As will be revealed in the following description, the lenticular observation grating 10 will advantageously have an angle of field equal to the angle 2 β which corresponds to the angle under which the aperture of the entrance pupil is viewed from the object 2.

If the lenticular observation grating 10 is formed from a series of juxtaposed, convex , cylindrical lenses, the optical apparatus also comprises, as illustrated in FIG. 6, a fourth lenticular grating 11, formed from a series of juxtaposed, cylindrical lenses, which system performs the operation of expanding the beam. To this end, the longitudinal axis of the cylindrical lenses of the lenticular grating 11 is positioned perpendicularly to the longitudinal axis of the elementary lenses of the previously mentioned lenticular grating 3, 9 and 10.

In fact, if an observer attempts to examine said second inverted composite image through the lenticular observation grating 10 without using the lenticular grating which expands the beam, he will only be able to observe one horizontal line formed by the rays located within the plane of his eyes. Therefore, in order to observe an adjacent horizontal line, the observer will have to move himself vertically.

On the other hand, this disadvantage is overcome by using the beam expander lenticular grating 11 which is mentioned above. The use thereof is based on the following finding: if a pinpoint light source or a light source of a small angular range is observed by the naked eye through the lenticular system, the apparent dimension of the source increases in the direction perpendicular to the axis of the cylindrical lenses, but it remains practically constant in the direction parallel to this axis. Consequently, since the axis of the cylindrical lenses of the lenticular grating is positioned horizontally with respect to the normal position of the observer's eyes, as illustrated in FIG. 6, the lenticular grating 11, expanding the beam, does not modify the width of the object at all (in a direction parallel to the axis of the cylindrical lenses), but brings the rays down towards the eyes so that the observer sees all of the image of the object.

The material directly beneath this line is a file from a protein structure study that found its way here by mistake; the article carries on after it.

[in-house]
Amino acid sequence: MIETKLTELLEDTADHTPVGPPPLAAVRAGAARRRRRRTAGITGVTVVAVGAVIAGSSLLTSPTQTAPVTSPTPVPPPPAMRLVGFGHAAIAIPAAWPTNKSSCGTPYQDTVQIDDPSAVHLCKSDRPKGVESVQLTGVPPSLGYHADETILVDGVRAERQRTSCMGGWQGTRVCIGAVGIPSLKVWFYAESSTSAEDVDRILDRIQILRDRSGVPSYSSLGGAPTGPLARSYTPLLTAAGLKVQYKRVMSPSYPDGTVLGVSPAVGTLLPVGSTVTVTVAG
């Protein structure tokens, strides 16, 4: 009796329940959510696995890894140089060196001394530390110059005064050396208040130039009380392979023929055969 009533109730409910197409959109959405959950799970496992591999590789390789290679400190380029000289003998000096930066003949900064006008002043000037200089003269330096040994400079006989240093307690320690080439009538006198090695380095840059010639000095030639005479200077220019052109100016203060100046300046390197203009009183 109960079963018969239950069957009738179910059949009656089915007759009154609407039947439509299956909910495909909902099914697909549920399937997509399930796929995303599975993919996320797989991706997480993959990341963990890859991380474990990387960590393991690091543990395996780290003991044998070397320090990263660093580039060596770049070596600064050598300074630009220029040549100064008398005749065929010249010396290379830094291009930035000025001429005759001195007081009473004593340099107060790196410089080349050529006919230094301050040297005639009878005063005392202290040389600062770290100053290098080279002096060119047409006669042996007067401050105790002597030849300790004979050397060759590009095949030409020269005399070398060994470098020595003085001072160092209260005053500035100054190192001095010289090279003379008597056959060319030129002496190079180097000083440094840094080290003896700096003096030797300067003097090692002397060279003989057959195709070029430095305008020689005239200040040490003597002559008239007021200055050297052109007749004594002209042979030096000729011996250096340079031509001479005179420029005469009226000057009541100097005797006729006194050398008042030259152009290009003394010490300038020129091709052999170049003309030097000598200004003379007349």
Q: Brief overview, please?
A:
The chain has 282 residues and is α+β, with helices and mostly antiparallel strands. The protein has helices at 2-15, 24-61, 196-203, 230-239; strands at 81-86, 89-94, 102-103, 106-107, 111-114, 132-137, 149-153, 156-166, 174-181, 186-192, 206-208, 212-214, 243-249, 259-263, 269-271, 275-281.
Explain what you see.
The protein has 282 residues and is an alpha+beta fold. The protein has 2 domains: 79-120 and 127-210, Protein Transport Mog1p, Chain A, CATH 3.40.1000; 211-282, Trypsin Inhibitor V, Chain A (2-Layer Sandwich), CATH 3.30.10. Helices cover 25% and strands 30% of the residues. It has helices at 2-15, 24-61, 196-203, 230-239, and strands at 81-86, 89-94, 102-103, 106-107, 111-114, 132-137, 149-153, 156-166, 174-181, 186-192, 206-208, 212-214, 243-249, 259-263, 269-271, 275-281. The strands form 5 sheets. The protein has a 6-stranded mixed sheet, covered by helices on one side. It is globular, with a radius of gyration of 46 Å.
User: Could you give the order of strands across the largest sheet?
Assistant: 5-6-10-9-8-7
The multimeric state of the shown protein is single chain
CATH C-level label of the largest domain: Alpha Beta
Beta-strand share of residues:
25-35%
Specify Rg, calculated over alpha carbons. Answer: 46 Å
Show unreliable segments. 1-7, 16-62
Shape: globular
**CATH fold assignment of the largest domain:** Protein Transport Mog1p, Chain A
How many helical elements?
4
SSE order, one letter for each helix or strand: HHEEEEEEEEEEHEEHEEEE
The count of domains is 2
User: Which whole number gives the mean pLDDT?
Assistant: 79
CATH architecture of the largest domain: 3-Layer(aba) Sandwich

Moreover, the optical apparatus comprises, downstream of the lenticular grating 11, towards the image an ocular 12, the function of which is to return the image to an observation distance which is suitable for the eye.

Another method of overcoming the above-mentioned disadvantage comprises introducing into an apparatus provided for direct observation, a "focussing screen" positioned at the level of the second composite image between the second lenticular grating 9 and the lenticular grating observation grating 10. This variant certainly proves to be less luminous, but provides the advantage of affording an observation area for a number of observers.

Another production variant of the present invention will now be described. It is illustrated in FIG. 7.

This figure also shows the stopped down lens 1 which provides an enlarged image of the object 2 at the level of the grooved face of the lenticular grating 3, upstream of which a field lens 5 is positioned in order to form, at the level of the focal plane of this lenticular grating 3, the composite image corresponding to an inverted relief image. However, according to the embodiment of FIG. 7, the correct relief is not obtained using convex lenticular gratings, as has previously been described, but using a concave lenticular grating 10' which also acts as a lenticular observation grating. The grooved face of the lenticular grating 10' is positioned in the vicinity of the focal plane of the first lenticular grating 3. Moreover, in so far as the lenticular grating 10' is of a cylindrical type, the optical device illustrated in FIG. 7 must also comprise a beam expander system 11, as previously described. Finally, an ocular 12 is provided downstream of the lenticular grating 11, towards the image.

Of course, when lenticular gratings (3, 9, 10) are used which themselves comprise two lenticular gratings formed from perpendicularly positioned, cylindrical lenses, or when a spherical system is used in order to record and restore the relief, no longer in one direction, but in two directions, the beam expander lenticular grating 11 is redundant.

A generalization of this type applies notably to the case of considerable magnification, such as the case of microscopy (g greater than 20). In fact, in this case, the physical phenomenon of diffraction becomes preponderant and it proves to be essential to use two crossed lens-shaped systems of a cylindrical type, or one spherical type of lenticular grating in order to avoid the problems of diffraction by producing a second selection, as it were. In this case, the entrance pupil of the lens will adopt a square or circular cross-section of small dimensions. This arrangement allows, on the one hand, the production of an "integral relief" in all directions, and on the other hand, allows an improved depth of field to be obtained.